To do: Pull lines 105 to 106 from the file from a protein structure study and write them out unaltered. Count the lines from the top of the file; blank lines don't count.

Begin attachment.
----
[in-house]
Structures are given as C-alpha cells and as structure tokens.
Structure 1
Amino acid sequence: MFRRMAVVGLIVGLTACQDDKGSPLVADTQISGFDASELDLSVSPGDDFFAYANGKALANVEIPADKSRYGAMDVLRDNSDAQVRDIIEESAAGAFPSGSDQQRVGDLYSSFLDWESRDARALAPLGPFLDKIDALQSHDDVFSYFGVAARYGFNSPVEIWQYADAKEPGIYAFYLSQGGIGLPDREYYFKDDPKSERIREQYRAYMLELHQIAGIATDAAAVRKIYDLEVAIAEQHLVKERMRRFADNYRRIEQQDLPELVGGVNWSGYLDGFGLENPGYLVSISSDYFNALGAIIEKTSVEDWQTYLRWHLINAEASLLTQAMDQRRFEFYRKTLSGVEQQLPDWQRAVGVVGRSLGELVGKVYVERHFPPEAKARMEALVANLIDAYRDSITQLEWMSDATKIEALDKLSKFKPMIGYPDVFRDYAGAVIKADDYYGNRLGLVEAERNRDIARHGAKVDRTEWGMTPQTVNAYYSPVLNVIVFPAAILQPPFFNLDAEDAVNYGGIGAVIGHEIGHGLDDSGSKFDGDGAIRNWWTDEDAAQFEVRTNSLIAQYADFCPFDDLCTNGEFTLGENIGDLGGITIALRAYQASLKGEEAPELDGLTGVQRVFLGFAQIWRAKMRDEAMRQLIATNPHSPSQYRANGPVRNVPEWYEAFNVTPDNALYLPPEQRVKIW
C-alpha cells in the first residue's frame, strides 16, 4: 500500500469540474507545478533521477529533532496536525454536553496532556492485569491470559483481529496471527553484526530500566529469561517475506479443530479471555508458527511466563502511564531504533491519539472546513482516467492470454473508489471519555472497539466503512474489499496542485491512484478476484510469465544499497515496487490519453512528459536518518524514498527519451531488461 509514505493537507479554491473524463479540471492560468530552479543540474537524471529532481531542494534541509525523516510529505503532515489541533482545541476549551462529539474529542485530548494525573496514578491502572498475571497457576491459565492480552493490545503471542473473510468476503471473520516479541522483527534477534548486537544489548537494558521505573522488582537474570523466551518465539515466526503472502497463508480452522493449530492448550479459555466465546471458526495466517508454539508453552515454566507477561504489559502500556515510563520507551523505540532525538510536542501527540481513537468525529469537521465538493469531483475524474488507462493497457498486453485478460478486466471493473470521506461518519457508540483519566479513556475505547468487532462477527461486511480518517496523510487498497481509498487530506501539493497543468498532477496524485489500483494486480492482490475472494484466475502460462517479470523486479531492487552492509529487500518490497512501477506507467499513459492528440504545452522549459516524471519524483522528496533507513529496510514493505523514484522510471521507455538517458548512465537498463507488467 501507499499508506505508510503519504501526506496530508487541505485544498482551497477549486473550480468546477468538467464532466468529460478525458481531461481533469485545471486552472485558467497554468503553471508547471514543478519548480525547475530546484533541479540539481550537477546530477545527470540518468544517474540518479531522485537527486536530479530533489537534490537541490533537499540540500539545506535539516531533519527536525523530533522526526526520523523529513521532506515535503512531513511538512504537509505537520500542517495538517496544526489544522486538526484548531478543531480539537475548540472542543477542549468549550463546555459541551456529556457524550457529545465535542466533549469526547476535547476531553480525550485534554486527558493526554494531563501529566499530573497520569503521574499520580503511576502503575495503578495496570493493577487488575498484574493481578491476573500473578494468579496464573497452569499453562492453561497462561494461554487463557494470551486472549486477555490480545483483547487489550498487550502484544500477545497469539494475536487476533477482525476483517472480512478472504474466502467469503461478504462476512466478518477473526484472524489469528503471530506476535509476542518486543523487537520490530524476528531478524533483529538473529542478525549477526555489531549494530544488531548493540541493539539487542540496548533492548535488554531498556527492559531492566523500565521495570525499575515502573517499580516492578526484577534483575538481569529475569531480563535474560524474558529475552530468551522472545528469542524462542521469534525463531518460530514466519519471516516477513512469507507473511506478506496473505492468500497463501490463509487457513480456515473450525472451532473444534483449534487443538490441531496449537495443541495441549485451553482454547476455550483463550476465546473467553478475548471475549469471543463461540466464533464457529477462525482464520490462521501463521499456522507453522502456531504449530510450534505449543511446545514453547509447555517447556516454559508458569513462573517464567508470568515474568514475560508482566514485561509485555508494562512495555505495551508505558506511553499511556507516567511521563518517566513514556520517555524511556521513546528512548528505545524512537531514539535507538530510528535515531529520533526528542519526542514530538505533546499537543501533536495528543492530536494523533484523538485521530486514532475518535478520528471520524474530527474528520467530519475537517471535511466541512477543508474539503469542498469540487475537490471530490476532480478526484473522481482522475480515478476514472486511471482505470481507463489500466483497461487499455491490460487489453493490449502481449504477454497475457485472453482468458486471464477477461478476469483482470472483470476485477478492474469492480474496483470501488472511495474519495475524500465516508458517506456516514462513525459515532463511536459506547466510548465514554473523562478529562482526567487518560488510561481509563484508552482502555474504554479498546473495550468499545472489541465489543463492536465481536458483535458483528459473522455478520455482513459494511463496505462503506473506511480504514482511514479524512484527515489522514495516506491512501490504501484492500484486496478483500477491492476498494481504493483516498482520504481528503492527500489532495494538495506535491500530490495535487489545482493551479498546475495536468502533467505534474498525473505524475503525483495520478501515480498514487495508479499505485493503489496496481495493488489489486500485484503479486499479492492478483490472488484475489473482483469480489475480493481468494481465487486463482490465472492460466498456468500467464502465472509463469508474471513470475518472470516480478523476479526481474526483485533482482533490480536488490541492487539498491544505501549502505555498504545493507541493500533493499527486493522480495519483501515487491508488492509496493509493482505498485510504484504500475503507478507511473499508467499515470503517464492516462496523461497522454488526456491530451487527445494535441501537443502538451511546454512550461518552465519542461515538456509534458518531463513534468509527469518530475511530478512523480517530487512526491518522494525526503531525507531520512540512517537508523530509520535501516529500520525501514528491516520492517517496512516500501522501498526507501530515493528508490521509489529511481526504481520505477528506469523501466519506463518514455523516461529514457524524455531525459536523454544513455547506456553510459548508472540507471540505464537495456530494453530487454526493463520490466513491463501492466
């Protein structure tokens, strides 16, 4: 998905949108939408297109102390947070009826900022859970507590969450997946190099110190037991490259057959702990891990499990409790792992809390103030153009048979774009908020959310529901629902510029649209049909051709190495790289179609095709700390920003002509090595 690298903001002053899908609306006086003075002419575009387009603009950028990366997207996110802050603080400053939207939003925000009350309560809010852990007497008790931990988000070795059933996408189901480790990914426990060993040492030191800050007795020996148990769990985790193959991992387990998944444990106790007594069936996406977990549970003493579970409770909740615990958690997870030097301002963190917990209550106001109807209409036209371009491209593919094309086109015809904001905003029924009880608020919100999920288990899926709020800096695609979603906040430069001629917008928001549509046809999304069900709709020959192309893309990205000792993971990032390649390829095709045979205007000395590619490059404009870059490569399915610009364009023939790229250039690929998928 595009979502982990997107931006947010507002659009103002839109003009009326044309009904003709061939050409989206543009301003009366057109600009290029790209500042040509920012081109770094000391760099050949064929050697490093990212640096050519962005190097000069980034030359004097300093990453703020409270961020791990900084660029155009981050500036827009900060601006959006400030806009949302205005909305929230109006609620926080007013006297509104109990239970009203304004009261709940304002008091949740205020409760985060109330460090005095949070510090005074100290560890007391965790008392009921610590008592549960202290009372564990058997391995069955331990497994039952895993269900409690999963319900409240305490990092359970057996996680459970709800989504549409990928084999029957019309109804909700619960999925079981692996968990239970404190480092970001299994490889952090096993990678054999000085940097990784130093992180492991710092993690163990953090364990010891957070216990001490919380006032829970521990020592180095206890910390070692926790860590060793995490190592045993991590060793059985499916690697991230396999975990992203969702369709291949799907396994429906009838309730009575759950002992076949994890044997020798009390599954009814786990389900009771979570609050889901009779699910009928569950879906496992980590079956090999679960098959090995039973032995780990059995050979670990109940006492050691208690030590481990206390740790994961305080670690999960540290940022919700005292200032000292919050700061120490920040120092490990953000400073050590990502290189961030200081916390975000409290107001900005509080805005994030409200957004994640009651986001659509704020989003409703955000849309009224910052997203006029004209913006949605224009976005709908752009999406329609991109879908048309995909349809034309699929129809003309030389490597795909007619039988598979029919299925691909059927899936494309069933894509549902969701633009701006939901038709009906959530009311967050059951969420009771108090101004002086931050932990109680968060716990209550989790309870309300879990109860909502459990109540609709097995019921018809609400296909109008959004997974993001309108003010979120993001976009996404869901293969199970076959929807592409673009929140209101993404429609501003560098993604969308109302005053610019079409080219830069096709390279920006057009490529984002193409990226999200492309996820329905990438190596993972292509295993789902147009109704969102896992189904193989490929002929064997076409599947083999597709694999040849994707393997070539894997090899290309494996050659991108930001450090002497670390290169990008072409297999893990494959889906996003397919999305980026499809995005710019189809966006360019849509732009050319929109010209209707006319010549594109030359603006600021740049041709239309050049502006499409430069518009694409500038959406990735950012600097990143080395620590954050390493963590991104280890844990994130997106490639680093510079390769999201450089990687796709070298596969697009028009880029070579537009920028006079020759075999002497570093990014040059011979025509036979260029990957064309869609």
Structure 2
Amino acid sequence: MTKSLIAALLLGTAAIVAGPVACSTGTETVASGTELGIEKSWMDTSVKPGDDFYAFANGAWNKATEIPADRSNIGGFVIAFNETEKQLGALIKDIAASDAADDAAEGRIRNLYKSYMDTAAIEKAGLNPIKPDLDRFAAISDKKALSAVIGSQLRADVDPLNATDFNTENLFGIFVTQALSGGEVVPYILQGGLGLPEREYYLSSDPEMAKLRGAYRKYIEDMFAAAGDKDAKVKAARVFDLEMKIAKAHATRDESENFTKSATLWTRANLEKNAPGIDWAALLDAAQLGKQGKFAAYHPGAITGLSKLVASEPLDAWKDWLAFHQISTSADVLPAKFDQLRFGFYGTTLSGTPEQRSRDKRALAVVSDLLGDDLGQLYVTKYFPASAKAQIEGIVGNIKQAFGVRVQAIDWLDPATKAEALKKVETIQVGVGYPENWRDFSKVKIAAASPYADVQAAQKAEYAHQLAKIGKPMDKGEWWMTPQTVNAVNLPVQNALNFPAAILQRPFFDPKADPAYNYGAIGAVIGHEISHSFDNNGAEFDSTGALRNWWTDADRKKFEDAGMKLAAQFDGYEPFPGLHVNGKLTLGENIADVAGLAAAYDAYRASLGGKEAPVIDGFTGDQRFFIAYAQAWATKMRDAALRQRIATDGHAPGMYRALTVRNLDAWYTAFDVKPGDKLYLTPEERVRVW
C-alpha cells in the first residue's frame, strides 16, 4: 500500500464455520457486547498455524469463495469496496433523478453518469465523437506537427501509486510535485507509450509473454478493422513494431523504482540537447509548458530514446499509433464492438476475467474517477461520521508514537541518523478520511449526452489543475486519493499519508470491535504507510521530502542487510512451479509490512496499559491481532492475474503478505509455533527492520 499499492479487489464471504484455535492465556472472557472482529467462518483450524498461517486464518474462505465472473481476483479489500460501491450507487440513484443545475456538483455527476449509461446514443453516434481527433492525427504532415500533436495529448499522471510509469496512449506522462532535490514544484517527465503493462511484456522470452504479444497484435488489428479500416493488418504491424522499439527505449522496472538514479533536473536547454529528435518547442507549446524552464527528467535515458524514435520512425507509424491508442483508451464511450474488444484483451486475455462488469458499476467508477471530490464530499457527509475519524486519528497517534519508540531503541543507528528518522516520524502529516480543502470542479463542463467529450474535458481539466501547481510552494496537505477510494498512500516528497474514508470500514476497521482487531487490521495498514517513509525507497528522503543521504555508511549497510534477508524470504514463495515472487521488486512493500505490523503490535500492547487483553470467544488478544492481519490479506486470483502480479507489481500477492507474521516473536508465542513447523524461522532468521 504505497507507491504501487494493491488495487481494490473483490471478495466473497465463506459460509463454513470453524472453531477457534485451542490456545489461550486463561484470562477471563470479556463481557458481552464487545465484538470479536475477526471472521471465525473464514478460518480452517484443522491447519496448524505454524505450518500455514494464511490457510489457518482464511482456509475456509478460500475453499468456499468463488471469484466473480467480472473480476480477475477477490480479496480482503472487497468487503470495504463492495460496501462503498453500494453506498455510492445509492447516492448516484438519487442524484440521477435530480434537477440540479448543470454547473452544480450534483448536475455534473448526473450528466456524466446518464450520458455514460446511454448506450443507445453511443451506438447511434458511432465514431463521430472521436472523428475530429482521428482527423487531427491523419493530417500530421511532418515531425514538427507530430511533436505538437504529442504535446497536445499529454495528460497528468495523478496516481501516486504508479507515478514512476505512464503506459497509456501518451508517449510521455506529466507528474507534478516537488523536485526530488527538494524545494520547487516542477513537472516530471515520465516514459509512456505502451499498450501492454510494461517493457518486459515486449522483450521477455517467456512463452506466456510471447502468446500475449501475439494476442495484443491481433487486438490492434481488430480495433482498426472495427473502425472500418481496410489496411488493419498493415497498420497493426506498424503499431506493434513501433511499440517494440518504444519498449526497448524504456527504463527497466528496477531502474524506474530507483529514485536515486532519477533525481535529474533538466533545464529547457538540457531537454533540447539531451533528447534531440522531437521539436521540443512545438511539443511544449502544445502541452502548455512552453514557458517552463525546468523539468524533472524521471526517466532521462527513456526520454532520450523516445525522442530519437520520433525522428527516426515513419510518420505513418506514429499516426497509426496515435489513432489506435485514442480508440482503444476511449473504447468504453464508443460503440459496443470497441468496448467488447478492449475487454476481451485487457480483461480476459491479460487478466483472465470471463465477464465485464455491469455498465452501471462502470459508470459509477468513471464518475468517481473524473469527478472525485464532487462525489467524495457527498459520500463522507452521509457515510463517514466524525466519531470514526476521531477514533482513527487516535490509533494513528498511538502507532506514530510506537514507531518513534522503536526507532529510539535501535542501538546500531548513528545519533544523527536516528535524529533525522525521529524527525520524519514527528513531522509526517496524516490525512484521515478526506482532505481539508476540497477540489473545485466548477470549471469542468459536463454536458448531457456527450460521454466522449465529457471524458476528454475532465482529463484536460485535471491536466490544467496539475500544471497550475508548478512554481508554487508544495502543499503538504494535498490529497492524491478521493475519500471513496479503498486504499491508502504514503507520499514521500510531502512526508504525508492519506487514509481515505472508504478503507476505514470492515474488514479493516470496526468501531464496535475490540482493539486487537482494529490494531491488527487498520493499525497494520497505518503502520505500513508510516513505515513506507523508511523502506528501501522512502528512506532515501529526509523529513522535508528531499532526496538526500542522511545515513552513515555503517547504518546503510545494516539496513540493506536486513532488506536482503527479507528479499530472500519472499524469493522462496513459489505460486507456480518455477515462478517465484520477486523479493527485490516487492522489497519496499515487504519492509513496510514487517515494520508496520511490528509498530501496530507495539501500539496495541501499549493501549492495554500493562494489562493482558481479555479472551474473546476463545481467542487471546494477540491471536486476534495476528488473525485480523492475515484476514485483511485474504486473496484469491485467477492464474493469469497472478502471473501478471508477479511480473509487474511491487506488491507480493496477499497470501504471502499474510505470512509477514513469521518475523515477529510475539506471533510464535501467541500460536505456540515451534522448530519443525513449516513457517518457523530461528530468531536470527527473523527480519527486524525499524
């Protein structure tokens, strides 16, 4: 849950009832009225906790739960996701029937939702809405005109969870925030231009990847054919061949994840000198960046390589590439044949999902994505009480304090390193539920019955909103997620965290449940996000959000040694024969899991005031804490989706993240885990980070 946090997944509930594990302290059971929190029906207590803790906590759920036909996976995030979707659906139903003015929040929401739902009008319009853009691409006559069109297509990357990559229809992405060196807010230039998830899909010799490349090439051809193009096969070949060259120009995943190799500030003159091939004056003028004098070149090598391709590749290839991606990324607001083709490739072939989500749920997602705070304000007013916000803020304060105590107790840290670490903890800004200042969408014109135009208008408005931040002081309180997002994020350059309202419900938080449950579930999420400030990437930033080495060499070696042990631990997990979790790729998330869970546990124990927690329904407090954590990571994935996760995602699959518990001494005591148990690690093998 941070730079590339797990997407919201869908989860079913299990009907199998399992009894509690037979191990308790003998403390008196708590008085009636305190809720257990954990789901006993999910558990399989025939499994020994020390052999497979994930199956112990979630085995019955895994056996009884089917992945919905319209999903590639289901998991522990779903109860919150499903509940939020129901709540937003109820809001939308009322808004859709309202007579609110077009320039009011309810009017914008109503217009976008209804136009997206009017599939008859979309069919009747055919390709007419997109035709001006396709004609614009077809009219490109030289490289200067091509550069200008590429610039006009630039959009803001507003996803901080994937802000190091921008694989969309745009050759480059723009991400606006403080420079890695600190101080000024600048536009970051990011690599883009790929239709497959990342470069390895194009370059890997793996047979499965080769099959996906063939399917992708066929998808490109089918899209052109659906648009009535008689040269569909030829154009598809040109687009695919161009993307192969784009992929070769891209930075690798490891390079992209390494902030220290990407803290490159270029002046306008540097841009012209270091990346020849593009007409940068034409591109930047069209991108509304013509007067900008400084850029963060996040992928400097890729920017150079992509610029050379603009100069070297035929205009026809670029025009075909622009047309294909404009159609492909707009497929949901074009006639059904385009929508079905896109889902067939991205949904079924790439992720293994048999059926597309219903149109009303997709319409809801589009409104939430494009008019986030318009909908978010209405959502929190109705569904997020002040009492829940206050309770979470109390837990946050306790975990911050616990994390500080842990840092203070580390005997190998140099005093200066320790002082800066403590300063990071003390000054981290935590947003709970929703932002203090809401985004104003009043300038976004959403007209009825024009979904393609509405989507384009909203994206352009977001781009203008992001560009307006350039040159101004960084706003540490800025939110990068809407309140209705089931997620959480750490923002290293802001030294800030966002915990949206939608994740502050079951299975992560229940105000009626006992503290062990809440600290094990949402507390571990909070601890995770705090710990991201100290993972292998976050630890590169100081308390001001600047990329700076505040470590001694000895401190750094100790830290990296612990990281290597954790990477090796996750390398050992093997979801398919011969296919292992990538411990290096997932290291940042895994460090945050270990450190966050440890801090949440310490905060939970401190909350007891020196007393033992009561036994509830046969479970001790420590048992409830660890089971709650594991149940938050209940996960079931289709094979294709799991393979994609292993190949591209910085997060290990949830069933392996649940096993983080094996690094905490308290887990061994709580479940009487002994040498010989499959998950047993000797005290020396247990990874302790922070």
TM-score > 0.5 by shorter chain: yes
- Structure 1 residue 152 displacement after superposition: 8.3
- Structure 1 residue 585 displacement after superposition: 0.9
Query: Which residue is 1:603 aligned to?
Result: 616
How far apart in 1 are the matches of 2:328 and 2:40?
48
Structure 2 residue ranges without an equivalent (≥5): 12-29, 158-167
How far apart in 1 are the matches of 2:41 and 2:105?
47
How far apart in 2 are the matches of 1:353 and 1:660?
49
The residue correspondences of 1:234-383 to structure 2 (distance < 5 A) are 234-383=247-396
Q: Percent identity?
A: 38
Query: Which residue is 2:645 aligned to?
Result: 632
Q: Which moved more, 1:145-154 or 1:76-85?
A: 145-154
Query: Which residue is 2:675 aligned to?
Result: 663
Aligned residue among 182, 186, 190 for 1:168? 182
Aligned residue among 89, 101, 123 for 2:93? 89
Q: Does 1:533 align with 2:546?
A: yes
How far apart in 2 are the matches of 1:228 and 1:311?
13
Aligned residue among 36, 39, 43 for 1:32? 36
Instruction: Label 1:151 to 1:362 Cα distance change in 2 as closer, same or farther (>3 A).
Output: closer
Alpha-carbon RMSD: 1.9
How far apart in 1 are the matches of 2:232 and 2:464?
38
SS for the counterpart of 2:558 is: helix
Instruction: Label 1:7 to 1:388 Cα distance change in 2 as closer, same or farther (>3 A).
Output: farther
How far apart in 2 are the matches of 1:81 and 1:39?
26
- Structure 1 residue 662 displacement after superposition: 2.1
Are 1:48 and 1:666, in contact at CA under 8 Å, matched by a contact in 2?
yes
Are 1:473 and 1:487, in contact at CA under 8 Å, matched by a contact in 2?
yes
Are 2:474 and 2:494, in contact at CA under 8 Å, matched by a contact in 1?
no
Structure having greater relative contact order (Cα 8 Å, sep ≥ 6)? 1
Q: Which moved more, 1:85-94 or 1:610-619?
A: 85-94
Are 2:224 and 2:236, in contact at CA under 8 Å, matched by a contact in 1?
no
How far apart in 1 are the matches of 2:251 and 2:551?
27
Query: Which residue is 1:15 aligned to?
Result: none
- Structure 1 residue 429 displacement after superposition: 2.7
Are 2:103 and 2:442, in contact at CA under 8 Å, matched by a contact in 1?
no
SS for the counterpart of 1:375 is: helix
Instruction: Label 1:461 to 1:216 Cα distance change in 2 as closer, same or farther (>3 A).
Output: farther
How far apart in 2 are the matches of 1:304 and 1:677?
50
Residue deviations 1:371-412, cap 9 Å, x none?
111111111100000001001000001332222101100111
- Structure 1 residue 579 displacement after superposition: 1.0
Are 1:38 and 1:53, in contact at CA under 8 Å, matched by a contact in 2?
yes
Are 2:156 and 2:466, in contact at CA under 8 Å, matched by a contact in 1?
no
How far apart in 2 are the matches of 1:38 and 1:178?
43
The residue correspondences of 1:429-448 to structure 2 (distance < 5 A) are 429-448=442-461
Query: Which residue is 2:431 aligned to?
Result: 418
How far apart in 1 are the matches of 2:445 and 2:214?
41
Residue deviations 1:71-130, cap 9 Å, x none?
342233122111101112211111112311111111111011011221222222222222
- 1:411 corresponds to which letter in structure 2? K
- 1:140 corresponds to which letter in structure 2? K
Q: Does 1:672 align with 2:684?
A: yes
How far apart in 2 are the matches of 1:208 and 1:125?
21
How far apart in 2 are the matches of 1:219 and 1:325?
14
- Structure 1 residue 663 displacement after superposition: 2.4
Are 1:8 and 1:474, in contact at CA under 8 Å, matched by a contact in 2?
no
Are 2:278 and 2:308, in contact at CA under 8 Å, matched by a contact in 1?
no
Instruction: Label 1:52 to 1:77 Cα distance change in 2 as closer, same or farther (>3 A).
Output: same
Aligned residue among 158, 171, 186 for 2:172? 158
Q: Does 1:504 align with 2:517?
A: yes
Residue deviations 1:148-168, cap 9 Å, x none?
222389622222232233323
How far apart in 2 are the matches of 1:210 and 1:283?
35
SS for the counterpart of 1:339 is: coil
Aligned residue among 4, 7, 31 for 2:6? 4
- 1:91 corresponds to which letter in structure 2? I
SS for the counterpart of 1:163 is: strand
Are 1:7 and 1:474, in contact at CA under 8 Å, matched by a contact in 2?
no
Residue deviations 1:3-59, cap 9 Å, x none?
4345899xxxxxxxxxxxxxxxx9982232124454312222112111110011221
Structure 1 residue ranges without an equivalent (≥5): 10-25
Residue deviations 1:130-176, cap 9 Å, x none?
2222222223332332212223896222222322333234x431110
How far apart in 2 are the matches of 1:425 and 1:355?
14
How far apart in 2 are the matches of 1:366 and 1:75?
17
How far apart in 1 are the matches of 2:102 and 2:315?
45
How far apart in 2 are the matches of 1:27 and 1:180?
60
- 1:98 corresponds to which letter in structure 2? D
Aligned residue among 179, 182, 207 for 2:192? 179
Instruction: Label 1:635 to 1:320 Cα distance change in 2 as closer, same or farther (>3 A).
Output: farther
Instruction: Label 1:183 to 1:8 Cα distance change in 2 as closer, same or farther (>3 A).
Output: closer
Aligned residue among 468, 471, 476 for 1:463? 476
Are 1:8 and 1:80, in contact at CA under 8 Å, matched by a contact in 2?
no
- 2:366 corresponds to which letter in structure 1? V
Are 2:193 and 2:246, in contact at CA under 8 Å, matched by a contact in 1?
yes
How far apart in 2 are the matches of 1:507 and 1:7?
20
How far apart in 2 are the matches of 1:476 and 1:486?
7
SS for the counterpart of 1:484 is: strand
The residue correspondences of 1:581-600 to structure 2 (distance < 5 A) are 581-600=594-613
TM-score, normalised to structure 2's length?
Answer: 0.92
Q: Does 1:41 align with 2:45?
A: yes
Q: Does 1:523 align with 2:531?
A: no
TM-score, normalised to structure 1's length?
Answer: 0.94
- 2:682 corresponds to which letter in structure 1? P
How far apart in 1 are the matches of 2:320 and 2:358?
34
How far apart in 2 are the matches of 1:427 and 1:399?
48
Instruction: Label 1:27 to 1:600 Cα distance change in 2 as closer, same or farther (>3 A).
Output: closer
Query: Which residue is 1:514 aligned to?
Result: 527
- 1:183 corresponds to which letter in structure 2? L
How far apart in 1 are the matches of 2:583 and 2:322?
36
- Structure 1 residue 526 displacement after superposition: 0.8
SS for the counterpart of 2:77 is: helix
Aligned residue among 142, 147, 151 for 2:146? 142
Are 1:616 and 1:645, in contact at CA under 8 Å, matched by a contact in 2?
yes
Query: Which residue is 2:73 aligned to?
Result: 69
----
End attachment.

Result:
Q: Does 1:504 align with 2:517?
A: yes